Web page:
In the latest token of 1980s nostalgia, Sylvester Stallone resurrects the “Rambo” franchise after a 20-year absence. Despite the immediate apprehension such an idea evokes, Stallone surprises by delivering a solidly gripping film.
Stallone, now 61 years old, is as stout as ever as the disgruntled Vietnam veteran John Rambo, who has withdrawn to northern Thailand to live a quiet life of wrangling snakes and river boating. As Stallone demonstrated a year ago with “Rocky Balboa,” he has no problem reemerging back into the familiar archetype, and it feels a natural evolution to the character.
Since this is a “Rambo” movie, it doesn’t take long before the protagonist is engulfed by a world of conflict. A group of naïve missionaries approach him to lead them into war-ravaged Burma (now called Myanmar by the current government). With much reluctance and doubt that they will be able to change anything, he agrees. Once he drops them off, they are inevitably captured by the cruel army, forcing Rambo to lead a rescue mission with a ragtag group of mercenaries in tow.
Last year’s batch of war movies were often tedious and heavy-handed. With its primary objective to deliver an adrenaline rush, “Rambo” is neither. The second half is particularly action-packed, and, as several media outlets have brought to light, it contains the series’ highest body count by a wide margin. However, the violence isn’t glamorized. Instead it serves as a stark reminder of events similar to these occurring in today’s world.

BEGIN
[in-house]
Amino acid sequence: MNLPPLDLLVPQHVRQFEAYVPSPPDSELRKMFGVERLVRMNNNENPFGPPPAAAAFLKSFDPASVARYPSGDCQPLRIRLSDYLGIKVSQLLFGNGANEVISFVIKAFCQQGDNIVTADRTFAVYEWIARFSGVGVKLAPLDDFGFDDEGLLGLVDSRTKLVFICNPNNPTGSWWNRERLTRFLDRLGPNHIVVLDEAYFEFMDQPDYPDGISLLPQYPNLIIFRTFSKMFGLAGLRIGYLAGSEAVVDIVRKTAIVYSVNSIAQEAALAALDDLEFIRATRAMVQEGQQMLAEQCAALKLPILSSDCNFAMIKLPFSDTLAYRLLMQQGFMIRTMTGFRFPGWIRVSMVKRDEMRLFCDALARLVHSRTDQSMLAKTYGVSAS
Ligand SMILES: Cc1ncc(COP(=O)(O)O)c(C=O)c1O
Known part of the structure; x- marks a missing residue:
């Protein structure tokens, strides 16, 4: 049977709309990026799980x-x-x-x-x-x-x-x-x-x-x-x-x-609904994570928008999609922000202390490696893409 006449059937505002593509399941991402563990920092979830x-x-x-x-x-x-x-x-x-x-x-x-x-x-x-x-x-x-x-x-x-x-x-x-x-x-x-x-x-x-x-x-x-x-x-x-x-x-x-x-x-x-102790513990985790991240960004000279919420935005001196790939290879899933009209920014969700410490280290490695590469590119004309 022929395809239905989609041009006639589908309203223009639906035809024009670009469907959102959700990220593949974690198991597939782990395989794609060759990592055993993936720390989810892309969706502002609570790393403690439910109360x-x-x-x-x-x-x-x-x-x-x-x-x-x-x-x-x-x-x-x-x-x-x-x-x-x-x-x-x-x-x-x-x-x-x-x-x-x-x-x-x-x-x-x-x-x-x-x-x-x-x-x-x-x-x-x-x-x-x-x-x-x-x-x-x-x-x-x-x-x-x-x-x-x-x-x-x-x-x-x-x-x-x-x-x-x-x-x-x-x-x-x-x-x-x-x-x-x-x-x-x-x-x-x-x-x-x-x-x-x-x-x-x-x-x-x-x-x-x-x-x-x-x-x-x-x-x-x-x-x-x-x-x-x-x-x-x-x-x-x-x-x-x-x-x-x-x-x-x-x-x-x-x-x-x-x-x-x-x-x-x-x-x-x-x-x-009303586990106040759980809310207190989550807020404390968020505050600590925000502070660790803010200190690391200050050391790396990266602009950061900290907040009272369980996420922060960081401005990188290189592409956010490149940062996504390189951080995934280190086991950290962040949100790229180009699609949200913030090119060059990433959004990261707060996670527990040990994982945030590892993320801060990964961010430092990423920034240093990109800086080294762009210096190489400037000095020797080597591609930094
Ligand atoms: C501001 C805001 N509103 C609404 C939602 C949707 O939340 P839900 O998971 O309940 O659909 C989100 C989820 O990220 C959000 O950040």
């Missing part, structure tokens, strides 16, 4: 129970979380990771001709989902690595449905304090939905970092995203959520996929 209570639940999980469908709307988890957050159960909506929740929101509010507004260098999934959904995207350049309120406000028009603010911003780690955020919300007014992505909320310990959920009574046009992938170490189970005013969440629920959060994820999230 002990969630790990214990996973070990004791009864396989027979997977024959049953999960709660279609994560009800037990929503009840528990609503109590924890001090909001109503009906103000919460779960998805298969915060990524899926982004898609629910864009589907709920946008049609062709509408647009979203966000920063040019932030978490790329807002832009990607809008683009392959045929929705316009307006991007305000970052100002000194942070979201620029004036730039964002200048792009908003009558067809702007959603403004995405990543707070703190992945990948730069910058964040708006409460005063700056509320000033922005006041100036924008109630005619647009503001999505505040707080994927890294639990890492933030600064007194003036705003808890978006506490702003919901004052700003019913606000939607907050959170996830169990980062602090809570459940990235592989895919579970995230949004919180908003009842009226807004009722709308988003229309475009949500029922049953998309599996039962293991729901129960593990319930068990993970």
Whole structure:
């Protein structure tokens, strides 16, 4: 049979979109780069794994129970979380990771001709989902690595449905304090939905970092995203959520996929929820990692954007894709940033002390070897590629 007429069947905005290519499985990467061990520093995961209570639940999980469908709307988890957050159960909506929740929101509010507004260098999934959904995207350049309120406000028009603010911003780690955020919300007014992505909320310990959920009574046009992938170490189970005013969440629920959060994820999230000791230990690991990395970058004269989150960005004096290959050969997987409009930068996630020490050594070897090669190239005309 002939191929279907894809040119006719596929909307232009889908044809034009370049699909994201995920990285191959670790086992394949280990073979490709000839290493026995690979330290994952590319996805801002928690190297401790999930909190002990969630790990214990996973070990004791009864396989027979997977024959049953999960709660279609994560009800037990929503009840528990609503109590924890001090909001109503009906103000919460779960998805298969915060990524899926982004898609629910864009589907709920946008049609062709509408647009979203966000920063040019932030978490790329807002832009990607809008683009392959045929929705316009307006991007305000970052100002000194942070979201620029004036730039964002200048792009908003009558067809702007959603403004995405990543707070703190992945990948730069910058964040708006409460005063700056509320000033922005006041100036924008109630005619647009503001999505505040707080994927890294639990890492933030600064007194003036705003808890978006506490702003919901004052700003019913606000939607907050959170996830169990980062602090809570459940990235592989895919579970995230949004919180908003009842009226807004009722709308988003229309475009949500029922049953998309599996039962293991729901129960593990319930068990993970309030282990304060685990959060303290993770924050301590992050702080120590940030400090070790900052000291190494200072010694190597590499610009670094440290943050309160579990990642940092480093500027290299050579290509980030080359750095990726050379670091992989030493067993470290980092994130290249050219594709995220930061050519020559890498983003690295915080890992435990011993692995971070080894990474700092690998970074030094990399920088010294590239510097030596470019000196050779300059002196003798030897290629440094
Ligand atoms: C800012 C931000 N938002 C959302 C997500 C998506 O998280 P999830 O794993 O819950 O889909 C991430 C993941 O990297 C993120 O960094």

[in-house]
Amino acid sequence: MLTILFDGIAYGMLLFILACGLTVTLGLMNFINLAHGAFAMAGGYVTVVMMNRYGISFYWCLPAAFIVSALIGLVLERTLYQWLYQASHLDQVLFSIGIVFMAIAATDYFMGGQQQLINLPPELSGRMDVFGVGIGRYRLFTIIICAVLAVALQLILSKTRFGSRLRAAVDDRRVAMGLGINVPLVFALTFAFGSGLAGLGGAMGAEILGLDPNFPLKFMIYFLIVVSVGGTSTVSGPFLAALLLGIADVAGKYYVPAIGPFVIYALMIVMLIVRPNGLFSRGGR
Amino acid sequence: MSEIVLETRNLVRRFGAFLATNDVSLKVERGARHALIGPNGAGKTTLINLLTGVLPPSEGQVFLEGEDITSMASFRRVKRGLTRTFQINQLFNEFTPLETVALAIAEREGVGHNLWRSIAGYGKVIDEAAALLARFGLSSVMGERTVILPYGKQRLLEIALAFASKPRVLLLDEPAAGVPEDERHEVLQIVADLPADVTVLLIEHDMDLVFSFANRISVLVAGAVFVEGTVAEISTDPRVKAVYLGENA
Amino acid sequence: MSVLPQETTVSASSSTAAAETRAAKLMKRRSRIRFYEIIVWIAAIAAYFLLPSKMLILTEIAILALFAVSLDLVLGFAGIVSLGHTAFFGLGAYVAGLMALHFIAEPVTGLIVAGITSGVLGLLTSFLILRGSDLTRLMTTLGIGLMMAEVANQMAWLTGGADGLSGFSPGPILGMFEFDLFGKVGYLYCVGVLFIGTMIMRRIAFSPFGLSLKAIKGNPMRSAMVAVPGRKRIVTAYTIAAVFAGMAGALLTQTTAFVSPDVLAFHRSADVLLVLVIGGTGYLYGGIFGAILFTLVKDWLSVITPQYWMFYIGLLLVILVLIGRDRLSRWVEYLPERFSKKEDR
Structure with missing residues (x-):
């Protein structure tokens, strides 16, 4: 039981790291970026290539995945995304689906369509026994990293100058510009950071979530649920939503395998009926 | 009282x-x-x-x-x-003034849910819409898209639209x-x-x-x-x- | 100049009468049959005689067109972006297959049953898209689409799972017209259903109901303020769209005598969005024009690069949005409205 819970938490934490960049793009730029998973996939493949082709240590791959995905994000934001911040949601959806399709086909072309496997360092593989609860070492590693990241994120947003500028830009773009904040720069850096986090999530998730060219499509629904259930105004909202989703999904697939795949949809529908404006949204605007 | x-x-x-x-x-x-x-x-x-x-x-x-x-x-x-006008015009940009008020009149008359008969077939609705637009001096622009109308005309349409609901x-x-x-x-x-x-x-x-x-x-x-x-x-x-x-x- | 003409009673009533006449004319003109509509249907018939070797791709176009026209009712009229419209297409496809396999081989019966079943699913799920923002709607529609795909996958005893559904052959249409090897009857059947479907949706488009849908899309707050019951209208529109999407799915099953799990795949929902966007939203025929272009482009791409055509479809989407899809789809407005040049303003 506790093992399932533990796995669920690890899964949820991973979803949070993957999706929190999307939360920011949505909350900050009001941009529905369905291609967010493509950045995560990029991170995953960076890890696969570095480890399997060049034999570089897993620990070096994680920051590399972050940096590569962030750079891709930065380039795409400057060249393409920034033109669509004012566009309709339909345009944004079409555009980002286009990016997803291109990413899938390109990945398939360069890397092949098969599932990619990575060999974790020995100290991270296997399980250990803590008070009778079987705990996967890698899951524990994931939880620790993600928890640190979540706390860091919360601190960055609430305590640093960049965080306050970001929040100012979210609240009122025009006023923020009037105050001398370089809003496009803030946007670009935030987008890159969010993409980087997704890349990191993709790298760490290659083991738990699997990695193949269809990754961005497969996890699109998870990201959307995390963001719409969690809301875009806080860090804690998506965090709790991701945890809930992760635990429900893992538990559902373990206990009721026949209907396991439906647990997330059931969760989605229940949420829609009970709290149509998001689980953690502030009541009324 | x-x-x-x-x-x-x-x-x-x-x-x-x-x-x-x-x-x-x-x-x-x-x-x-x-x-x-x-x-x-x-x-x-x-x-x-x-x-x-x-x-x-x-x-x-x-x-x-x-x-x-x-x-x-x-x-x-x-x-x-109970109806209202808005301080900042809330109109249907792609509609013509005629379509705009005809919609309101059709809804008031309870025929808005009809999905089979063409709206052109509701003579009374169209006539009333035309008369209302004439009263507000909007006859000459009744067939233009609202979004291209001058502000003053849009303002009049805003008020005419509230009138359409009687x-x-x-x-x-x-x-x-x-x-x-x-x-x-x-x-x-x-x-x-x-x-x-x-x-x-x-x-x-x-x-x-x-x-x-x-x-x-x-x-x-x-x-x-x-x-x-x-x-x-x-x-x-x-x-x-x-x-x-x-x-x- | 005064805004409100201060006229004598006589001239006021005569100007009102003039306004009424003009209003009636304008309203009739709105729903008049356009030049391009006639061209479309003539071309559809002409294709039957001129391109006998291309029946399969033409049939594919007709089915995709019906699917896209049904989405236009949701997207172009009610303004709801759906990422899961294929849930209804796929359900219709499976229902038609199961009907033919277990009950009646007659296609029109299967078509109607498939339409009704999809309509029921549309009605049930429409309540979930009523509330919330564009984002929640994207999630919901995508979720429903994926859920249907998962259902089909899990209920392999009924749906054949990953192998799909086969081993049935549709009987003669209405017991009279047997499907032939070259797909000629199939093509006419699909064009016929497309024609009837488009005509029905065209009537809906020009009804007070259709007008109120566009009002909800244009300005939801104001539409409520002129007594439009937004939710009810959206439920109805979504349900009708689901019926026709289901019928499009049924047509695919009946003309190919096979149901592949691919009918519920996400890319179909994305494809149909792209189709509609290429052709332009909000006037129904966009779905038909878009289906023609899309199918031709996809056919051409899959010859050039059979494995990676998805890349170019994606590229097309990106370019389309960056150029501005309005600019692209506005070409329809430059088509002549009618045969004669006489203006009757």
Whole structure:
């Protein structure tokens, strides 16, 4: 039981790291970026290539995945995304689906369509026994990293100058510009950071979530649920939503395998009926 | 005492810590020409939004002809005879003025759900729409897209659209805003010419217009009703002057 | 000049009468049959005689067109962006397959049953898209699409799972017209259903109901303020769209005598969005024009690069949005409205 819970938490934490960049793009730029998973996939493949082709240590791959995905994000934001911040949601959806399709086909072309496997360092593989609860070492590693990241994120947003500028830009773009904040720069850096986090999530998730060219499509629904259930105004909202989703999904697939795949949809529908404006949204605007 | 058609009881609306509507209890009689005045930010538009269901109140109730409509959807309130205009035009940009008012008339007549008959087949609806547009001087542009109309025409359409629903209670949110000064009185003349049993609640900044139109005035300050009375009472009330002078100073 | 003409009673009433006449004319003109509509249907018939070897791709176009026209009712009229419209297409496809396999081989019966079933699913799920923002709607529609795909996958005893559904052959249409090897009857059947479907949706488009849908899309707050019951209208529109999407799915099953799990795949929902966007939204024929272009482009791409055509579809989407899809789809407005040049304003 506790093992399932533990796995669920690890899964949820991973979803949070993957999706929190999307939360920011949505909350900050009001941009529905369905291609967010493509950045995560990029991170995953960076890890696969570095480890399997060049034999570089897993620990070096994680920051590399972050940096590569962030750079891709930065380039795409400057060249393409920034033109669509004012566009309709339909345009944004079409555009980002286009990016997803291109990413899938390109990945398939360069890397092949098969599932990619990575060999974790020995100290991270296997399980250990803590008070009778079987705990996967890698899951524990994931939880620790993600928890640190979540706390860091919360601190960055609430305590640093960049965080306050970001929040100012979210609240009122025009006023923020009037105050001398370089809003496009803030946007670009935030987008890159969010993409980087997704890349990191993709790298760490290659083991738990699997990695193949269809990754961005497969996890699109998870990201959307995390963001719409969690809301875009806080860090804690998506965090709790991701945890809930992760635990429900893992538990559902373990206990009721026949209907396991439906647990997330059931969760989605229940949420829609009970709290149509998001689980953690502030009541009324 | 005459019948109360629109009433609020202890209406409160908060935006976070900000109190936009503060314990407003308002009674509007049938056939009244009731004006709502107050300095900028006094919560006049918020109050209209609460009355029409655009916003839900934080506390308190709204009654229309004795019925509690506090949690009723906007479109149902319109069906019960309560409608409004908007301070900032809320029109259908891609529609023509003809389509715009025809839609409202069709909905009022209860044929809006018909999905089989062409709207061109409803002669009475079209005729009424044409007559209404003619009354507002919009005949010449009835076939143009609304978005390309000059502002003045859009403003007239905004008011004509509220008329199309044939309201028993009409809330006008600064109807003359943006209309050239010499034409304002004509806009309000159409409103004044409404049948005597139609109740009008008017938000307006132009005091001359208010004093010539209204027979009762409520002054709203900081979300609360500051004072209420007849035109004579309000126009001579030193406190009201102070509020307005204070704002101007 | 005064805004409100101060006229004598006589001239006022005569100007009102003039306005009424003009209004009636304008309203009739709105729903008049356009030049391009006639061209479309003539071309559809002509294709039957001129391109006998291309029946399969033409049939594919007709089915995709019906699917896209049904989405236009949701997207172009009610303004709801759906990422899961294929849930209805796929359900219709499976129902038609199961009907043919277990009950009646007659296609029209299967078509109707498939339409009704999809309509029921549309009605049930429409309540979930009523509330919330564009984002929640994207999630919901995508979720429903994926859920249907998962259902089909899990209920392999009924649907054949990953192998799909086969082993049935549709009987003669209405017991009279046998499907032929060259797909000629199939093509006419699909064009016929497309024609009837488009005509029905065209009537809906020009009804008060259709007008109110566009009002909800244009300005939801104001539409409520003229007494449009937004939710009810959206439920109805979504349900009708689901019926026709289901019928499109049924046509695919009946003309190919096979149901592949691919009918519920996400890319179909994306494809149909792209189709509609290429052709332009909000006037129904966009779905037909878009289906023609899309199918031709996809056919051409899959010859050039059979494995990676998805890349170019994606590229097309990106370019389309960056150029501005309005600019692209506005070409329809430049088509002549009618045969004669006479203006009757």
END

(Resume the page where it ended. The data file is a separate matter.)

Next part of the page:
Nevertheless, whatever type of message it is trying to purport often gets lost amidst the wash of blood. While it tries to delve into reasons about why we fight and when, if ever, it is okay to adopt such extreme measures, in the end it simply comes across as supporting the age-old adage that violence only begets more violence.
For an exciting and intense thrill ride, “Rambo” fulfills its purpose. Combined with its rather open-ended conclusion, I even wouldn’t mind seeing the story continued at some future point. On the other hand, for those who like something deeper or more profound, there’s a little something called the Academy Awards. Go watch one of those nominees instead. This is, after all, Stallone we’re talking about.